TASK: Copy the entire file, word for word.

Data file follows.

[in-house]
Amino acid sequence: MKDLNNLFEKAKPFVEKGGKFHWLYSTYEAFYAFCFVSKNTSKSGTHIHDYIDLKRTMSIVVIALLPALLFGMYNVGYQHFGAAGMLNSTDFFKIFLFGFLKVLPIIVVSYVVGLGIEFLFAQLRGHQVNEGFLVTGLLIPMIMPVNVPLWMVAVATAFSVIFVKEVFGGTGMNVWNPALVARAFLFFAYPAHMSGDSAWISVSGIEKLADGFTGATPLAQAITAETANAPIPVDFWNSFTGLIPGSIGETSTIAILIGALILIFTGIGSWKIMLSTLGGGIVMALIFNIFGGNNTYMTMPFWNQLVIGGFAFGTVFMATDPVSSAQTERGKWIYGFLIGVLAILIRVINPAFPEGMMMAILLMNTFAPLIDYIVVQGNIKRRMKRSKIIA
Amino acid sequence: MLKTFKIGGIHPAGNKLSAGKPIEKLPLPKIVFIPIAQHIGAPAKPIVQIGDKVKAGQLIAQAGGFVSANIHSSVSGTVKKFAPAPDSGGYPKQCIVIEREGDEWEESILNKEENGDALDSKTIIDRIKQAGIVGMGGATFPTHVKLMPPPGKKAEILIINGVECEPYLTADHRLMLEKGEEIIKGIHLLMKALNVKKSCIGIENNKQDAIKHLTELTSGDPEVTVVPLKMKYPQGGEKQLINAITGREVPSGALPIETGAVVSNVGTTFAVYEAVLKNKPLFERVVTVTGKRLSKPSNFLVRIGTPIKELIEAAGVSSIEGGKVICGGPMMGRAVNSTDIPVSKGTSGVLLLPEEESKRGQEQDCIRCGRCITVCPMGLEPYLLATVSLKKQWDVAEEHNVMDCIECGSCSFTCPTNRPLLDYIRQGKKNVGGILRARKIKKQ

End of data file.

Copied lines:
[in-house]
Amino acid sequence: MKDLNNLFEKAKPFVEKGGKFHWLYSTYEAFYAFCFVSKNTSKSGTHIHDYIDLKRTMSIVVIALLPALLFGMYNVGYQHFGAAGMLNSTDFFKIFLFGFLKVLPIIVVSYVVGLGIEFLFAQLRGHQVNEGFLVTGLLIPMIMPVNVPLWMVAVATAFSVIFVKEVFGGTGMNVWNPALVARAFLFFAYPAHMSGDSAWISVSGIEKLADGFTGATPLAQAITAETANAPIPVDFWNSFTGLIPGSIGETSTIAILIGALILIFTGIGSWKIMLSTLGGGIVMALIFNIFGGNNTYMTMPFWNQLVIGGFAFGTVFMATDPVSSAQTERGKWIYGFLIGVLAILIRVINPAFPEGMMMAILLMNTFAPLIDYIVVQGNIKRRMKRSKIIA
Amino acid sequence: MLKTFKIGGIHPAGNKLSAGKPIEKLPLPKIVFIPIAQHIGAPAKPIVQIGDKVKAGQLIAQAGGFVSANIHSSVSGTVKKFAPAPDSGGYPKQCIVIEREGDEWEESILNKEENGDALDSKTIIDRIKQAGIVGMGGATFPTHVKLMPPPGKKAEILIINGVECEPYLTADHRLMLEKGEEIIKGIHLLMKALNVKKSCIGIENNKQDAIKHLTELTSGDPEVTVVPLKMKYPQGGEKQLINAITGREVPSGALPIETGAVVSNVGTTFAVYEAVLKNKPLFERVVTVTGKRLSKPSNFLVRIGTPIKELIEAAGVSSIEGGKVICGGPMMGRAVNSTDIPVSKGTSGVLLLPEEESKRGQEQDCIRCGRCITVCPMGLEPYLLATVSLKKQWDVAEEHNVMDCIECGSCSFTCPTNRPLLDYIRQGKKNVGGILRARKIKKQ